Seven miles southwest of Ledbury, England, stand the gaunt grey walls of a ruined and deserted building. The thousands of motorists who pass Junction 2 on the M50, just two miles to the northwest, are totally unaware of its presence. For Gadfield Elm chapel appears on no map and is listed in no guidebook.
In 1840 and 1841, Wilford Woodruff concentrated most of his missionary labors in the Herefordshire area. His greatest success came when he was led by the Spirit to Hill Farm, Castle Frome, and there met John Ben-bow, the tenant of the 300-acre farm. Through him, he met Thomas King-ton, the leader of the “United Brethren,” a sect formed in the 1830s after the group broke away from the Methodists.
As Wilford Woodruff recorded: “On the 21st day of March  I baptized Elder Thomas Kington. He was superintendent of both preachers and members of the United Brethren. The first thirty days after my arrival in Herefordshire, I had baptized forty-five preachers and one hundred and sixty members of the United Brethren, who put into my hands one chapel and forty-five houses, which were licensed according to law to preach in.” (Wilford Woodruff’s Journal, 1833–1898, ed. Scott G. Kennedy, 9 vols., Midvale, Utah: Signature Books, 1983, 1:426; original spelling here and throughout has been retained.)
The chapel referred to was Gadfield Elm, which subsequently formed the hub of LDS church activities in the area.
The challenges Elder Woodruff faced were immense. On April 3, he wrote to Willard Richards, expressing his yearning for the rest of the Twelve to come from America.
A few days later they did arrive, and Brigham Young called Elders Woodruff and Richards to Preston for quorum meetings and general conference. At the first meeting, Willard Richards was ordained an Apostle, bringing the number of members of the Council of the Twelve in Britain at that time to eight. By unanimous vote, Brigham Young was confirmed as “Standing President of the Twelve.”
Brigham Young assigned the new Apostle to assist Wilford Woodruff in Herefordshire, then went there himself to witness the growth of the work and do some preaching. Wilford Woodruff records:
“June 3. A notable miracle was wrought by faith and the power of God in the person of Sister Mary Pitt at Dymok. She had been confined 6 years to her bed … and had not walked for 11 years, ownly with the use of crutches. Elders Young, Richards and Woodruff lade hands upon her and rebuked her infirmity and her ancle bones received strength and she now walks without the aid of crutch or staff.” (Wilford Woodruff’s Journal, 1:449.)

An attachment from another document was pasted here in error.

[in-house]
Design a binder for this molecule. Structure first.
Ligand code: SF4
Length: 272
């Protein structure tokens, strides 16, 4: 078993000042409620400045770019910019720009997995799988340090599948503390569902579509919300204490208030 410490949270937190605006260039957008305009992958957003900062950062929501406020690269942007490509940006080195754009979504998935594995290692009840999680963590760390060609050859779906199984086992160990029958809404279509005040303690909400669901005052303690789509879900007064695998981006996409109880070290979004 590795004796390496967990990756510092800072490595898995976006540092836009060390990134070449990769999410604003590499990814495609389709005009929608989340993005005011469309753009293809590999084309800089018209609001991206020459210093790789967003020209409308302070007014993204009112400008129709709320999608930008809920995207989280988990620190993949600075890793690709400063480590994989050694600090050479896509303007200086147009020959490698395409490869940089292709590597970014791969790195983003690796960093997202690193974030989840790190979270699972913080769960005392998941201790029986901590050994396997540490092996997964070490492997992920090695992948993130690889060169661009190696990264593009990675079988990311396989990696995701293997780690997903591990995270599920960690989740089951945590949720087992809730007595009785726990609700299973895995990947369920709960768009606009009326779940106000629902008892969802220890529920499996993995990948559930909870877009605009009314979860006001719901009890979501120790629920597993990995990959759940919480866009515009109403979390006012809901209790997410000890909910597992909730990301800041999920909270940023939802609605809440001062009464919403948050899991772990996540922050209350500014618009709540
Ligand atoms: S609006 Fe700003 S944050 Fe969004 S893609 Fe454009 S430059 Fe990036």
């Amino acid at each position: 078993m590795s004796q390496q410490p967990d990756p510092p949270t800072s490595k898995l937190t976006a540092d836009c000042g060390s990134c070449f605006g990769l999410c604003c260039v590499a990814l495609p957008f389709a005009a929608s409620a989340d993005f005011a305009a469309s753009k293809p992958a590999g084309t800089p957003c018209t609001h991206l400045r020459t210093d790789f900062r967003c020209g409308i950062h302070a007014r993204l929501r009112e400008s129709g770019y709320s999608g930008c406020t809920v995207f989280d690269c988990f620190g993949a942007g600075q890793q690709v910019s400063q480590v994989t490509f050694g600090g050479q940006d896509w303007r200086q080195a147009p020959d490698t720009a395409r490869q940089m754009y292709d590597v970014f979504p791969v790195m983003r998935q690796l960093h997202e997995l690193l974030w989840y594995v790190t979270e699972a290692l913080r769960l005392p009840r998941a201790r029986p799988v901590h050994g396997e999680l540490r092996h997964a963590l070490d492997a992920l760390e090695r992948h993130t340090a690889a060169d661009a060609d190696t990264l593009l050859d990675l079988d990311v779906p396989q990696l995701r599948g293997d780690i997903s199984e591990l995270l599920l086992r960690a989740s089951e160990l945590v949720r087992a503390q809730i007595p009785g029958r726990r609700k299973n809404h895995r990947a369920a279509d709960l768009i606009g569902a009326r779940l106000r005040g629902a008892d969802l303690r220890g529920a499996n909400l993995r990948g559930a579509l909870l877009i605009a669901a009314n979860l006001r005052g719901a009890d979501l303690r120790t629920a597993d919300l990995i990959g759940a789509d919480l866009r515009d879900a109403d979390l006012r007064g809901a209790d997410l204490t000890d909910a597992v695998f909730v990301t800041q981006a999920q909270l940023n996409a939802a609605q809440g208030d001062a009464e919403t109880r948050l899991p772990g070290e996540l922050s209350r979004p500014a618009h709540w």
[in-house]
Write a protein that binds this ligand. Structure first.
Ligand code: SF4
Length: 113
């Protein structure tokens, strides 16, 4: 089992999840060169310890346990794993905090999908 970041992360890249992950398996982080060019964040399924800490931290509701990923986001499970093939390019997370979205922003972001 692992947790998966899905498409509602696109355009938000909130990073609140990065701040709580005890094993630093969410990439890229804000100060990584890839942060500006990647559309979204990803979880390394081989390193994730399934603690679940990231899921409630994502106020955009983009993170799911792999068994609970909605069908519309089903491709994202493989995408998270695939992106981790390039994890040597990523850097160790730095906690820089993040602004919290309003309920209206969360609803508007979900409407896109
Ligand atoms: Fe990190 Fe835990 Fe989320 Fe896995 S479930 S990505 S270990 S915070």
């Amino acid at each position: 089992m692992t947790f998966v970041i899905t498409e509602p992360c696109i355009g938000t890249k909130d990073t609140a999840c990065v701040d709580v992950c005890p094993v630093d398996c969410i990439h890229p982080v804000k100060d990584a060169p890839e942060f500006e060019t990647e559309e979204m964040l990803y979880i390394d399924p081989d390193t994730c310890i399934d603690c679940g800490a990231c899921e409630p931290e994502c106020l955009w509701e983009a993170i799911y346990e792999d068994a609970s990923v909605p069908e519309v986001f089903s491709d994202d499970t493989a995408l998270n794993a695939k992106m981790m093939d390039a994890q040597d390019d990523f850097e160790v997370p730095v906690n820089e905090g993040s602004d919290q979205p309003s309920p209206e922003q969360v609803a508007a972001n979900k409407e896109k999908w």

Gadfield Elm chapel was built by the United Brethren in 1836. Here a number of key conferences were held. Brigham Young played a major part in helping the main body of the United Brethren make the transition fully into the Church. On May 18 he assisted in a tactful transformation of one fine United Brethren custom into an LDS one:
“Elder Kington made a feast for the Saints which had been a custom among the United Brethren. But as they now were all receiving the fulness of the gospel they had become saints. The Saints began to collect at 2 o’clock … we truly had an interesting time. Elder Young addressed the Saints clothed with the power of god. And then asked a blessing upon the food prepared. We then sat down to the table and eat and drank with nearly 100 saints.” (Wilford Woodruff’s Journal, 1:450–51.)
Shortly after Elder Young’s first visit, a conference was convened at Gadfield Elm. Thomas Kington, now an elder, moved that the meeting “be hereafter known by the name of the Bran Green and Gadfield Elm Conference of the Church of Jesus Christ of Latter-day Saints.” (Wilford Woodruff’s Journal, 1:458.)
For the next few months Gadfield Elm chapel hosted an increasing number of converts to the Church. But in those days, the call was to gather to America, and on 15 March 1841 Wilford Woodruff held his last conference at Gadfield Elm.
“After conference close a scene followed not easily described,” he wrote. “I never saw a time when I needed more wisdom in order to council in wrighteousness than on this occasion … for the Saints … are anxious to gather with the Saints in Nauvoo as soon as possible. But many are vary poor and see no door open as yet.” (Wilford Woodruff’s Journal, 1:462–63.)
Brigham Young’s counsel was to sell the Gadfield Elm chapel building and use the proceeds to help finance the emigration to America. The chapel’s purpose had been served.
Today, one hundred and fifty years after it was built, only the walls remain of the oldest Church-owned chapel in Europe. But the Spirit remains, bearing strong and stirring testimony to those brave English pioneers and to the rich heritage they left behind.